Contemporary photography practice: expanded methodology and critical ways of thinking

  • Rodrigo Hill
Keywords: Lens-based image, Methodology, Photography, Place-making, Practice-led research

Abstract

Contemporary photographic practice has advanced into a broad territory of representational flux and modalities. This is a stimulating moment for lens-based practitioners and practice-led researchers willing to explore expanded modes of academic inquiry connected the medium of photography. In this article I draw key methodological insights from my Practice-led PhD project Place Imaginaries: Photography and Place-making at Te Awa River Ride. I explore relationships between photography and place-making and how photography is embedded within place-making processes. As a photographer and artist I developed a methodology based on photography practice and the iteration of curated bodies of photographic work. Te Awa River Ride is my research locale, a shared pathway that edges the banks of the Waikato River in the central North Island of Aotearoa New Zealand. Photography practice or lens-based practice is located at the core of my methodological research approaches; a space, which informs both theoretical and practice-led research developments en route to expanded critical modes of academic inquiry.

Downloads

Download data is not yet available.

Author Biography

Rodrigo Hill

Originally from Porto Alegre, Brazil currently living in Whaingaroa Raglan Aotearoa New Zealand. Rodrigo’s photography practice focuses on people, place and its intrinsic relationships. Explorations of place and its surrounding dynamics have always been the core of Rodrigo’s work. Rodrigo’s research interests are rooted at the intersection of lens-based and curatorial apparochaes in which photography plays the role of representing layered place-imaginaries. Rodrigo’s photography practice explores the use of imagery to create meanings and understandings of place followed by curatorial practices towards photobooks and gallery installations. Rodrigo holds a PhD from the University of Waikato Faculty of Arts and Social Sciences.

References

Berger, J. (1980). About Looking. Writers and Readers Publishing Cooperative, LTD.

Bergson, H. (1911). Matter and memory. George Allen.

Bergson, H. (2001). Creative evolution. Electric Book Co. http://site.ebrary.com

Bishop, C. (2005). Installation art: A critical history. Tate.

Boast, R., & Hill, R. S. (Eds.). (2009). Raupatu: The confiscation of Māori land. Victoria University Press.

Butt, D. (2017). Artistic Research in the Future Academy. Intellect.

Celant, G. (1996). A visual machine. Art installations and its modern archetypes. In R. Greenberg,

B. W. Ferguson, & S. Nairne (Eds.), Thinking about exhibitions (pp. 371–386). Routledge.

De Oliveira, N., Oxley, N., & Petry, M. (2006). Installation art in the new millennium: The empire of the senses. Thames & Hudson.

Deleuze, G. (1988). Bergsonism. Zone Books.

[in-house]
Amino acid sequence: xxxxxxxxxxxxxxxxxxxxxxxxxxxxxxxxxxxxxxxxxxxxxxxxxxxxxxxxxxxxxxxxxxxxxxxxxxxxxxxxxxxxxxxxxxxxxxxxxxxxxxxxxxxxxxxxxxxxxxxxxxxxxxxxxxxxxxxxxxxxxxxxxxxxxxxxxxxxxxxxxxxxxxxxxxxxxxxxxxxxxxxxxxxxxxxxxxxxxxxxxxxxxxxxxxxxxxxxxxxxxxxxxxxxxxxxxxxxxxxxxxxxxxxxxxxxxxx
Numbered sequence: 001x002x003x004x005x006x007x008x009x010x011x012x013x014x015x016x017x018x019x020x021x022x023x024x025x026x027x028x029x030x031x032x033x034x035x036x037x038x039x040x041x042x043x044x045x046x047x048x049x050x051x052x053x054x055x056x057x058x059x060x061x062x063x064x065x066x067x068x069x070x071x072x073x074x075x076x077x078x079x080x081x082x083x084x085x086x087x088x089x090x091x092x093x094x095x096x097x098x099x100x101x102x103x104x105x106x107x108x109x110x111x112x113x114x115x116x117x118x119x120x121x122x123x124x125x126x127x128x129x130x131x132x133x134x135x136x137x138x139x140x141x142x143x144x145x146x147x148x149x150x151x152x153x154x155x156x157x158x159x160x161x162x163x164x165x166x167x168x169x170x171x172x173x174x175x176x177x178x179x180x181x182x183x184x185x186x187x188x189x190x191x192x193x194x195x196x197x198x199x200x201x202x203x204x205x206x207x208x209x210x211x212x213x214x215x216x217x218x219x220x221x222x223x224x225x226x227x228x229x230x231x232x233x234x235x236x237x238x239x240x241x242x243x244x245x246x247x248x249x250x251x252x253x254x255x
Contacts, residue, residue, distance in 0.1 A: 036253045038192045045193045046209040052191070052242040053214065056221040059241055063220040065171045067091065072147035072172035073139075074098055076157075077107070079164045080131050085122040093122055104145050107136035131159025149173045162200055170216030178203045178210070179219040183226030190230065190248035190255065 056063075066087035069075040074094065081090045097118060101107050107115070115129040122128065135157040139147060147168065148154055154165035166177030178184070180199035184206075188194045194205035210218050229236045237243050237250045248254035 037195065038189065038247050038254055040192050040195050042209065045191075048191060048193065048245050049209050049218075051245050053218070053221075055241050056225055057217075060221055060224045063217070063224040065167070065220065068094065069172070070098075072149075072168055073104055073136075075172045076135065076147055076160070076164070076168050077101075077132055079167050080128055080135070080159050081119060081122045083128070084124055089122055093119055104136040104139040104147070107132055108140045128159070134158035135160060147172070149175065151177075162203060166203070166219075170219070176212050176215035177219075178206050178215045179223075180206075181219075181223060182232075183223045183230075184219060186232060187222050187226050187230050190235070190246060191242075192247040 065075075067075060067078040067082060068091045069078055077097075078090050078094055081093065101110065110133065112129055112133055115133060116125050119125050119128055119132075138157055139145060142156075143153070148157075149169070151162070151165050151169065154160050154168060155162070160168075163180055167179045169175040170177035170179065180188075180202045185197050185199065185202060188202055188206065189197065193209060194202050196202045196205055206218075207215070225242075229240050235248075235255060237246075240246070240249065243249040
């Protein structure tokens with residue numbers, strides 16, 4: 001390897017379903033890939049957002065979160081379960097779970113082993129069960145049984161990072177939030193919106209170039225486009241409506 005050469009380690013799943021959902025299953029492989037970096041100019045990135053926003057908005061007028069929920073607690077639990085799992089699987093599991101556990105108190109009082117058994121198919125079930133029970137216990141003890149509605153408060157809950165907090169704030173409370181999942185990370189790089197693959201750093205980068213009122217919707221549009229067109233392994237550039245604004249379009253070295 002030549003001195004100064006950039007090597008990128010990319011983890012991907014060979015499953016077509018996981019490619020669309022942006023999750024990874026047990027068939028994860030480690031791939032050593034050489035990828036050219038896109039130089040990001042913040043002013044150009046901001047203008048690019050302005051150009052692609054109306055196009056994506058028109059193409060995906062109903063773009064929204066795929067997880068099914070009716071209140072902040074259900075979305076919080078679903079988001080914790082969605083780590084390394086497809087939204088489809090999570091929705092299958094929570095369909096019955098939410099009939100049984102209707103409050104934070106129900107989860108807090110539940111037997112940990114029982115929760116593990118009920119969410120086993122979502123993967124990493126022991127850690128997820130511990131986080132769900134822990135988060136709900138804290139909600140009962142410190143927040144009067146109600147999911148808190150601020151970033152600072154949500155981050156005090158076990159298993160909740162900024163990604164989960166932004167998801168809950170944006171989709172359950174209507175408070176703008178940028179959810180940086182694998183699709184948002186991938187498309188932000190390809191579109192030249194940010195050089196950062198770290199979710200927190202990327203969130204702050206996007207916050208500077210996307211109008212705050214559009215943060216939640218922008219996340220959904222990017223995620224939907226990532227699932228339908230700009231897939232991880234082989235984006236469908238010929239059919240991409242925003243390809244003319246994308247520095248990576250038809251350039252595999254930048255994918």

Deleuze, G. (1989). Cinema 2: The time-image. University of Minnesota Press. https://monoskop.org/images/6/68/Deleuze_Gilles_Cinema_2_TimeImage.pdf

Deleuze, G., & Guattari, F. (1994). What is philosophy? (G. Burchell & H. Tomlinson, Trans.). Verso.

Egert, G. (2016). Barbara Glowczewski, Totemic Becomings. Cosmopolitics of the Dreaming. Book Review. Anthrovision. Vaneasa Online Journal, 4.1. http://anthrovision.revues.org/2291

Fisher, M. (2016). ‘I riro whenua atu me hoki whenua mai’: The return of land and the Waikato-Tainui raupatu settlement. Journal of New Zealand Studies, 23, 19–36.

Hill, R. (2019). Place imaginaries: Photography and place-making at Te Awa River Ride [Thesis, The University of Waikato]. https://researchcommons.waikato.ac.nz/handle/10289/12797

Hill, R. (2020). Post-photography: Lens-based methodology and practice-led ways of critical thinking. In Link Symposium Abstracts 2020 (pp. 28-29)

King, C. M., & Roa, T. om. (2015). The Maori of the Central North Island before 1860. In C. M.

King, D. J. Gaukrodger, & N. A. Ritchie (Eds.), The drama of conservation: The history of the Pureora Forest, New Zealand (pp. 43–66). Department of Conservation, NZ & Springer International. https://doi.org/10.1007/978-3-319-18410-4_3

King, M. (2013). Te Puea: A life. https://www.overdrive.com/search?q=C275DBBF-A11C-4FAB-A5C7-AD53E410D0AA

Köhler, M. (Ed.). (1989). Constructed realities: The art of staged photography. Edition Stemmle.

Leavy, P. (2014). Method meets art: Arts-based research practice (2nd ed.). The Guilford Press. http://site.ebrary.com/lib/alltitles/docDetail.action?docID=11001927

Massey, D. B., Allen, J., & Sarre, P. (Eds.). (2007). Human geography today. Polity Press.

Muru-Lanning, M. (2016). Tupuna Awa: People and politics of the Waikato River. Auckland University Press.

Sonn, C. C., Quayle, A. F., & Kasat, P. (2015). Picturing the wheatbelt: Exploring and expressing place identity through photography. American Journal of Community Psychology, 55(1–2), 89–101. https://doi.org/10.1007/s10464-014-9686-7

Waikato Raupatu Lands Trust. (2008). Waikato Raupatu River Settlement: Information package, August 2008. Author.

How to Cite
Hill, R. (2021). Contemporary photography practice: expanded methodology and critical ways of thinking. DAT Journal, 6(2), 431-442. https://doi.org/10.29147/dat.v6i2.414
Section
Dossiê Simpósio LINK